US Gives Singapore the Nod for Possible F-35 Sale

WASHINGTON: The procurement of the F-35 fighter by the Singapore government seems to be imminent as the sale was given the approval by the United States government. The US Defence Security Cooperation Agency (DSCA) in a Jan 9 statement said that the State Department has “made a determination approving a possible Foreign Military Sale to Singapore of up to 12 F-35B Short Take-Off and Vertical Landing (STOVL) aircraft.”  

Singapore first announced plans to buy the F-35 fighters from Lockheed Martin to replace Republic of Singapore Air Force’s ageing F-16 in March last year, after a long series of evaluations. The DSCA statement said that Singapore requested to procure four F-35B fighters with the option for eight more of the variant. Also included in the proposed deal are up to 13 Pratt & Whitney F135 engines, unspecified electronic warfare and communications systems, training equipment, and the Autonomic Logistics Information System used for mission planning, maintenance and other logistics functions.

The proposed sale, according to DSCA, will augment Singapore’s operational aircraft inventory and enhance its air-to-air and air-to-ground self-defence capability, adding to an effective deterrence to defend its borders and contribute to coalition operations with other allied and partner forces.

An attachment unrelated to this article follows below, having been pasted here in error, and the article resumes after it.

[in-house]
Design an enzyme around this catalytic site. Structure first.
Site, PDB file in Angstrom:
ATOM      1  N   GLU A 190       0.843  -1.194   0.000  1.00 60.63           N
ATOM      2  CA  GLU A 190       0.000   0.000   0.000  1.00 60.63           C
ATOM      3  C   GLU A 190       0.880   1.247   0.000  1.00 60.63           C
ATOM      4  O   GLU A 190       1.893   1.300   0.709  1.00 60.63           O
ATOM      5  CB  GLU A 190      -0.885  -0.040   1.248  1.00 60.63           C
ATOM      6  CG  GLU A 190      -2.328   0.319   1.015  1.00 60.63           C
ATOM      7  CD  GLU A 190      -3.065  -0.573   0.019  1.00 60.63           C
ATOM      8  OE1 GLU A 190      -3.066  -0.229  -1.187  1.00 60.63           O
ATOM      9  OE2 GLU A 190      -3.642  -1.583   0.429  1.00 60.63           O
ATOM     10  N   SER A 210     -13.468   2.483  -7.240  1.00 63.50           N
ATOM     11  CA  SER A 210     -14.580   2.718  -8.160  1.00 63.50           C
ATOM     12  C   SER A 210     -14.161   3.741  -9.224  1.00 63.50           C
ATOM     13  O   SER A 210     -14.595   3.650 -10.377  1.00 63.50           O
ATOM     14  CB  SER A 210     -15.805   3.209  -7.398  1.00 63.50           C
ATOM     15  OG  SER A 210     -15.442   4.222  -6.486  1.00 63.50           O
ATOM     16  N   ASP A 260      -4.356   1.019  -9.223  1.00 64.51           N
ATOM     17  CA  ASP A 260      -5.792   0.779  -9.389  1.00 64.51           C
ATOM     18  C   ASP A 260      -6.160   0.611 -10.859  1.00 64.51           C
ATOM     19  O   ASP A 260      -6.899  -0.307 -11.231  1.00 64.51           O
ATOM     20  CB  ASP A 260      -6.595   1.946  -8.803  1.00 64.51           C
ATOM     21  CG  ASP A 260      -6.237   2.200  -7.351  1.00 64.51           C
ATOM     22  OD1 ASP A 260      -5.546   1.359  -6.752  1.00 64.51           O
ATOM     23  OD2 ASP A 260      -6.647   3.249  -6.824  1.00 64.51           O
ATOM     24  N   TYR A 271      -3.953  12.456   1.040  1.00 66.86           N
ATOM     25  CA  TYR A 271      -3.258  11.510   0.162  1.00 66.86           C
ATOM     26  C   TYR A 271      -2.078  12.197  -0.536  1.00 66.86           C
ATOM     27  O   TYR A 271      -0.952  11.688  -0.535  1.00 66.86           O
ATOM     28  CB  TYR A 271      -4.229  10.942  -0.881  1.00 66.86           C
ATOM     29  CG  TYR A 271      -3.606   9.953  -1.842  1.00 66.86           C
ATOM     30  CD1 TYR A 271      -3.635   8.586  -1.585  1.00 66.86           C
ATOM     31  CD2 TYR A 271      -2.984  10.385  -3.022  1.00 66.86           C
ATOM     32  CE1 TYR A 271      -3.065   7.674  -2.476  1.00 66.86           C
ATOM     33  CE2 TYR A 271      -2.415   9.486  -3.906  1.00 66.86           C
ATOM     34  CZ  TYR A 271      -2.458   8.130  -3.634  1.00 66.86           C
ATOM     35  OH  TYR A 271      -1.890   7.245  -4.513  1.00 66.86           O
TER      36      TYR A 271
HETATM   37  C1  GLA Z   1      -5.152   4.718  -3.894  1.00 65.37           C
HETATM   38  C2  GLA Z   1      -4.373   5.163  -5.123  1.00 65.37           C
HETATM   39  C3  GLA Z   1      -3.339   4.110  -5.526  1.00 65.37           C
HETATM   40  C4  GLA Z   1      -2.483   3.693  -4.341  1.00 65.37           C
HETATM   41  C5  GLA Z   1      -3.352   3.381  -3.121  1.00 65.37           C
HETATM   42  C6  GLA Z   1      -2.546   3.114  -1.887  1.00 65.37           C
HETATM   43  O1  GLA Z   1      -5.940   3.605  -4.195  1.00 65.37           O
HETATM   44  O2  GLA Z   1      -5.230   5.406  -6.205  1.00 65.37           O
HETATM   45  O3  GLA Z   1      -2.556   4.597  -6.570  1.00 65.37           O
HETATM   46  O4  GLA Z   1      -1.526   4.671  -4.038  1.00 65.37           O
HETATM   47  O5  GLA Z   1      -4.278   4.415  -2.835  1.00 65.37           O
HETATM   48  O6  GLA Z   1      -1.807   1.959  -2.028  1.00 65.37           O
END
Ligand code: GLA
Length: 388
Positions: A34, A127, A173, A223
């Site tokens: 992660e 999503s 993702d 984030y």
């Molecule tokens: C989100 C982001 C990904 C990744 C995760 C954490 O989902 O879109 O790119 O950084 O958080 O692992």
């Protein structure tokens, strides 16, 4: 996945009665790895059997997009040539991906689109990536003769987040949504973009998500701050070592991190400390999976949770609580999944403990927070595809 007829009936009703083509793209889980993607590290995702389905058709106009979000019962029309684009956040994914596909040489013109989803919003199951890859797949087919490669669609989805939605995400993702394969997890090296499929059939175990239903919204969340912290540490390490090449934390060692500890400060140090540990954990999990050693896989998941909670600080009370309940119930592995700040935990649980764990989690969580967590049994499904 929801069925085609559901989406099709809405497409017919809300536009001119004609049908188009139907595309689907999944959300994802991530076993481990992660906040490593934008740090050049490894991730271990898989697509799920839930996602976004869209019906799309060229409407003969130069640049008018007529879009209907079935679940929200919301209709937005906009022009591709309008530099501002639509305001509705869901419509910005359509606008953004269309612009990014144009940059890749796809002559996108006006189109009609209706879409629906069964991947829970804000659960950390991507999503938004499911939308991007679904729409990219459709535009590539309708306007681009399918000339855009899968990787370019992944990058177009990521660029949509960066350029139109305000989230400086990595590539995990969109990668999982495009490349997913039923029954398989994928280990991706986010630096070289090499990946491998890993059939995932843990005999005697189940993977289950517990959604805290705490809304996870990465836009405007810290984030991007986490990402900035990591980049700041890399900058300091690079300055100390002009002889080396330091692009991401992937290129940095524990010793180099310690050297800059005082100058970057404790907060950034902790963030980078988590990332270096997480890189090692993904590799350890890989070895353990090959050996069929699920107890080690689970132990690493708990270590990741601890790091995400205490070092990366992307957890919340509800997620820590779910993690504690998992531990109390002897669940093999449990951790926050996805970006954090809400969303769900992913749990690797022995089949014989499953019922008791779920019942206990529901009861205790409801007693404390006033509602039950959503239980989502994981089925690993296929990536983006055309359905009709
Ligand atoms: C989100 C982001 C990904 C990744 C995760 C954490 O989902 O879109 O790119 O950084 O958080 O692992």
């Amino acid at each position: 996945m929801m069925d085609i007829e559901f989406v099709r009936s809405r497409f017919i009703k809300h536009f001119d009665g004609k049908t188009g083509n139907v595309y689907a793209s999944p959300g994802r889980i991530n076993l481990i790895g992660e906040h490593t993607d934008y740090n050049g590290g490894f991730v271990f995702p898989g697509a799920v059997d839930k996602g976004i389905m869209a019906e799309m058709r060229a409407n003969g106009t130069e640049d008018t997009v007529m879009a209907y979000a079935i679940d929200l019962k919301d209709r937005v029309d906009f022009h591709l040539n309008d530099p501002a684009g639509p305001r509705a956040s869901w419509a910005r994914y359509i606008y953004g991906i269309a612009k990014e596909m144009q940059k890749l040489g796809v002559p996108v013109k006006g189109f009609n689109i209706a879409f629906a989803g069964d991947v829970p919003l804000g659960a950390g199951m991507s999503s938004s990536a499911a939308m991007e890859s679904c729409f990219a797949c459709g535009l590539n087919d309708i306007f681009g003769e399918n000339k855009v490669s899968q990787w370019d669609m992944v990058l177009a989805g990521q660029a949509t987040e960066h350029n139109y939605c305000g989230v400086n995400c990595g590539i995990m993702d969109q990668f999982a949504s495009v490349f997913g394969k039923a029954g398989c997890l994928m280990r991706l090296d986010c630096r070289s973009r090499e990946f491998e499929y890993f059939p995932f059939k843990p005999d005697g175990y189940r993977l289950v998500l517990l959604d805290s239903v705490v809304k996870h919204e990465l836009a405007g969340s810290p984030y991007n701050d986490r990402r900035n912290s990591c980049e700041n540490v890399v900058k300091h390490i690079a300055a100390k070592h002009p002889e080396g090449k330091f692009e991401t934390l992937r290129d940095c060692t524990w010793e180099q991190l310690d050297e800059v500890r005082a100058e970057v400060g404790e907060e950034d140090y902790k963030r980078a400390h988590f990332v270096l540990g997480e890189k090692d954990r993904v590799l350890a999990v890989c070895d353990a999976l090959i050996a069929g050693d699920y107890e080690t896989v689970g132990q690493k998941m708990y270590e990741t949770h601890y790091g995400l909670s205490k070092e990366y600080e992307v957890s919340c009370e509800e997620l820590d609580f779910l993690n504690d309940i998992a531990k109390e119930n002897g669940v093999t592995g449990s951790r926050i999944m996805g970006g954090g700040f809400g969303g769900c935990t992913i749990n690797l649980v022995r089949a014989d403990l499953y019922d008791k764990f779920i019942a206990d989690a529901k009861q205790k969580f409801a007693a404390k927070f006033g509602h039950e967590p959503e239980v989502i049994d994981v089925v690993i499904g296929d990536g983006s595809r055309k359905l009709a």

“This proposed sale will support the foreign policy and national security objectives of the United States. Singapore is a strategic friend and Major Security Cooperation Partner and an important force for political stability and economic progress in the Asia-Pacific region.”

If the sales come through, Singapore would be the fourth country in the region to employ the fighter in its fleet after Australia, Japan and South Korea.  

The F-35B fighter cost $115.5 million a unit, compared to the F-35A model, which has conventional take-off and landing capabilities and a $89.2 million price tag, according to Lockheed Martin’s website.

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